It is always so heartbreaking to hear stories of parents who have lost a child. As a mother, I cannot imagine the pain and loss they must feel. Newcastle couple Brianna Hudson and Joao Pedro Doege shared their story in an recent article in the Newcastle Herald.
Brianna went into labour at 38 weeks gestation after what she says was a perfect healthy pregnancy. She says she was sent home from hospital even though she had been labouring all day having been told that she was still in the early stages. She was told to labour at home until her waters broke, or until the pain became unbearable. Their baby, James, was born without a heartbeat on February 12. James had a hypercoiled umbilical cord.
In the article Brianna alleges the hospital didn’t do all the necessary foetal welfare checks.
“There were so many different things that happened that day that could have changed the outcome,” she says.
“But there is nothing anyone can do now.”
There is something people can do to prevent these tragic events from occurring. In our experience and as a result of handling many cases involving neonatal death and stillbirth, the trauma or death is often found to have been avoidable and a result of negligence. Holding those responsible accountable for any negligence ensures lessons are learned and changes to procedures are made. Learning what really happened and whether the death was avoidable – or not – helps give families a reason for the trauma and loss they have experienced and assists with the process of “moving on”.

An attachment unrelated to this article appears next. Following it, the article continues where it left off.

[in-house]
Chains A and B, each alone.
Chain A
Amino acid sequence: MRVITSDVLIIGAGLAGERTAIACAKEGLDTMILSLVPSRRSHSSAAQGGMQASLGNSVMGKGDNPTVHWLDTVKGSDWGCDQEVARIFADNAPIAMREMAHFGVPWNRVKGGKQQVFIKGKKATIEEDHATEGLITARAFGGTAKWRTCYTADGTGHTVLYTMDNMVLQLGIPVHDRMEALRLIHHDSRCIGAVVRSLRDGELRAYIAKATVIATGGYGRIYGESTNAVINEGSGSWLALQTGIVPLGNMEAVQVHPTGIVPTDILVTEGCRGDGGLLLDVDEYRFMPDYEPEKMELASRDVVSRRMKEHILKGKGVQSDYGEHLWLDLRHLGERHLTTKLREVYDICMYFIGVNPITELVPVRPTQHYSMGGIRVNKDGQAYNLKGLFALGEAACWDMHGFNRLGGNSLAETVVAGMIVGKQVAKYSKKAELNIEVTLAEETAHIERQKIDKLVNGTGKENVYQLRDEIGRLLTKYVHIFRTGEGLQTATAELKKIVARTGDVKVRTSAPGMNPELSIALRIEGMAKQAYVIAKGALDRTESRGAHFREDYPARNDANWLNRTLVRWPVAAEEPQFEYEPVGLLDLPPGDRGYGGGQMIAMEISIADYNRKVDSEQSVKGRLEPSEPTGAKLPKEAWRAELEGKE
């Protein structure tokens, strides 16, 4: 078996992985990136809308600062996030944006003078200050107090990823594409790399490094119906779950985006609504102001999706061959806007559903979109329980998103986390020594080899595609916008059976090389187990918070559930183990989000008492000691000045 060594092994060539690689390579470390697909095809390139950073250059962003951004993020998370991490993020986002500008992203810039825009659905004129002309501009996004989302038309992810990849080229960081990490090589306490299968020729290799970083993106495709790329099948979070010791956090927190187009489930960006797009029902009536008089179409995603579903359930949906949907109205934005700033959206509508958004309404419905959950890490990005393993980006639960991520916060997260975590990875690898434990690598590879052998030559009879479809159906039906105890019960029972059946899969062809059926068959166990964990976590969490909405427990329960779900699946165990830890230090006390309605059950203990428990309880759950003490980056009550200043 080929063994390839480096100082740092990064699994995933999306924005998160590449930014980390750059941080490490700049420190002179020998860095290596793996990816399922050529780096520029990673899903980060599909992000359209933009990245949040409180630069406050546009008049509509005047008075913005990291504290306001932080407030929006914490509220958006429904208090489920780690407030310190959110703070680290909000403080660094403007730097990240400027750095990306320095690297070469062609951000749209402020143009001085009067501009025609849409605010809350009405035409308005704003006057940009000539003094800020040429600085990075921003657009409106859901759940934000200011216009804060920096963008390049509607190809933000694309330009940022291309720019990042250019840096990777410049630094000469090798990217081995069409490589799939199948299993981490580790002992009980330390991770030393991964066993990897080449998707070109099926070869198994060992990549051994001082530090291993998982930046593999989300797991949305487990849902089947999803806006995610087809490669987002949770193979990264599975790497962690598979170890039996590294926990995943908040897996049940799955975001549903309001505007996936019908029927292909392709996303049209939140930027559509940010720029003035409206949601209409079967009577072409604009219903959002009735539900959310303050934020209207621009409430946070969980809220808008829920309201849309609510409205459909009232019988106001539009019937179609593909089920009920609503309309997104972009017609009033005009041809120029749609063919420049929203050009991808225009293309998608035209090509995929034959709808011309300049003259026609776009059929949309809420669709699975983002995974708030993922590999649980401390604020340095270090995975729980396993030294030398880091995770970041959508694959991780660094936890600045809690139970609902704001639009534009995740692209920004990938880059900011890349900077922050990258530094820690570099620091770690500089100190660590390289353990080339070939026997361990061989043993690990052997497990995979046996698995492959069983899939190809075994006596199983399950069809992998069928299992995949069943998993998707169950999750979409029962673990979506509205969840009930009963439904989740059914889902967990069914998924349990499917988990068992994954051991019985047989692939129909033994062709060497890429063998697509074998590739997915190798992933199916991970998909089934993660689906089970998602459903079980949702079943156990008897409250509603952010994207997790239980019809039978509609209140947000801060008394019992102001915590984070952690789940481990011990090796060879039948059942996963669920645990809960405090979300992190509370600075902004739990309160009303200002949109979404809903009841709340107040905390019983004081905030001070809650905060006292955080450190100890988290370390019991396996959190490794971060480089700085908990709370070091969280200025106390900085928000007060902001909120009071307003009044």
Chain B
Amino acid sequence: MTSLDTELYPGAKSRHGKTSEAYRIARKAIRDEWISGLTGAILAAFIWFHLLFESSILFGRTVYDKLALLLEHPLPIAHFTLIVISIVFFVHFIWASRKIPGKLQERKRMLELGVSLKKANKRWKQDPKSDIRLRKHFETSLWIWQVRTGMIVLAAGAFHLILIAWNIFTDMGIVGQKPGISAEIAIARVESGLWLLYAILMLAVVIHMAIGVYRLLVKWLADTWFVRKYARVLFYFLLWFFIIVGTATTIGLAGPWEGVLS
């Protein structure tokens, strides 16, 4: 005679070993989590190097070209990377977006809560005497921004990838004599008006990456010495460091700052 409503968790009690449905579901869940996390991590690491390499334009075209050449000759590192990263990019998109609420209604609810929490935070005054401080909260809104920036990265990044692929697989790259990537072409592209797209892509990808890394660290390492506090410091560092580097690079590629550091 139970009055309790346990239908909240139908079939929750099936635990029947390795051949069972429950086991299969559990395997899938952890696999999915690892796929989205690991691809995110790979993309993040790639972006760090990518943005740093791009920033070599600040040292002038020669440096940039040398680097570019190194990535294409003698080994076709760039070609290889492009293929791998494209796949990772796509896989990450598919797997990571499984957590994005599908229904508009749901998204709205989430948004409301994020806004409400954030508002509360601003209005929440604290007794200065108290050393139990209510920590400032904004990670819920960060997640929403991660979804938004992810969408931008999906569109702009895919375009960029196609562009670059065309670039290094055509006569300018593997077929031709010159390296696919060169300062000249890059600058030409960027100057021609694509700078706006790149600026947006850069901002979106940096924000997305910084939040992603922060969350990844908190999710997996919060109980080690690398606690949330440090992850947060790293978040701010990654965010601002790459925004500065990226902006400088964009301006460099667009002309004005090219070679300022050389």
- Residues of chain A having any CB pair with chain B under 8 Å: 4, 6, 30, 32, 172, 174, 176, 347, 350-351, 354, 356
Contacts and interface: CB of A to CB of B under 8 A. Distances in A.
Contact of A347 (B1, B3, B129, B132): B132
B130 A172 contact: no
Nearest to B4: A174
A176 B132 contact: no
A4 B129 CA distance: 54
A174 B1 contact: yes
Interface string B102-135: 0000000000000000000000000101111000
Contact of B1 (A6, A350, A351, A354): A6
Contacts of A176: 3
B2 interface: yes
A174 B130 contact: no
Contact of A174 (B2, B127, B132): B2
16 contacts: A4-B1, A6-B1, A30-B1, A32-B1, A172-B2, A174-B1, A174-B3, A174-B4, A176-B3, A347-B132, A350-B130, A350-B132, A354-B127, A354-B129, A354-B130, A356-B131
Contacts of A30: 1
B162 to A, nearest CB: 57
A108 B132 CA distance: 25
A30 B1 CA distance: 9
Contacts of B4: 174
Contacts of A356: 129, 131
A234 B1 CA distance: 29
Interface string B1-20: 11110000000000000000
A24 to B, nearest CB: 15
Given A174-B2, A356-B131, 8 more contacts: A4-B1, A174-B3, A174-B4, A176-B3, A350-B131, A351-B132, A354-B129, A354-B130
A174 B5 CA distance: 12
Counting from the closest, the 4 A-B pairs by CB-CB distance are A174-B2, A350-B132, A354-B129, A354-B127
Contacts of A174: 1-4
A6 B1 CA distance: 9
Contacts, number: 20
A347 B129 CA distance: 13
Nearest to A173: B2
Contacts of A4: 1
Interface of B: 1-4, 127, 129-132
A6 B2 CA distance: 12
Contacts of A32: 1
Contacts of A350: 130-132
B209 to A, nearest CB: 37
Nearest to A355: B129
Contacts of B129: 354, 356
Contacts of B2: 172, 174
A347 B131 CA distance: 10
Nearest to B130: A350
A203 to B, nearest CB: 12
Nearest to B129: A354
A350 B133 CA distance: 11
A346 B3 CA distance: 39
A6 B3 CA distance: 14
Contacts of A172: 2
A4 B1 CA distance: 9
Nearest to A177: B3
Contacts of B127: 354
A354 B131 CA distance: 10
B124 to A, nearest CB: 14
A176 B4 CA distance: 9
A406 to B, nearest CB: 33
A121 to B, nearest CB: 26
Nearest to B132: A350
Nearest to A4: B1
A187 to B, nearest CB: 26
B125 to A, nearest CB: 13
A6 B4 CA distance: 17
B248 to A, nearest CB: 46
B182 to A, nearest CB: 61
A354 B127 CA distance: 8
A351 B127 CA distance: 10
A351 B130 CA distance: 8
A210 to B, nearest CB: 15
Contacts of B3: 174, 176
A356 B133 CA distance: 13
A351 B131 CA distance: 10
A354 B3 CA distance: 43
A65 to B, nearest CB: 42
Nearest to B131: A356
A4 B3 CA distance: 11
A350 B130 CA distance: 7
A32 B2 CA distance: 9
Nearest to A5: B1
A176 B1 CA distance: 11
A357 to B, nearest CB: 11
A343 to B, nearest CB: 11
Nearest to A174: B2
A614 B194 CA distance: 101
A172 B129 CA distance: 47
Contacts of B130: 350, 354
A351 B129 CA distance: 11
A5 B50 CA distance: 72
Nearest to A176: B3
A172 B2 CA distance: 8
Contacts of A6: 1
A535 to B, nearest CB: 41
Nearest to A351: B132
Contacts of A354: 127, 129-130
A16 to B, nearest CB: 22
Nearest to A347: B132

The most recent Mothers and Babies Report shows there were 50 stillborn babies and 25 neonatal deaths in the Hunter and New England regions in 2016. In 2015, the figures were 79 and 37 respectively.
This week we have recognised stillbirths and neonatal deaths with International Pregnancy and Infant Loss Remembrance Day. In the Hunter, there was a special ceremony at Sandgate Cemetery’s Garden of The Innocents on at 6.15 pm to assist anyone who had lost a baby – during pregnancy or infancy – to remember, reflect and recognise their loss. The ceremony incorporated the International Wave of Light event, where participants across the globe are encouraged to burn a candle to form a “chain of light” for 24 hours to honour and remember lost babies.
If you have been impacted by the loss of a baby during pregnancy or birth, the miscarriage, stillbirth and newborn death support group – SANDS – can provide support. Visit www.sands.org.au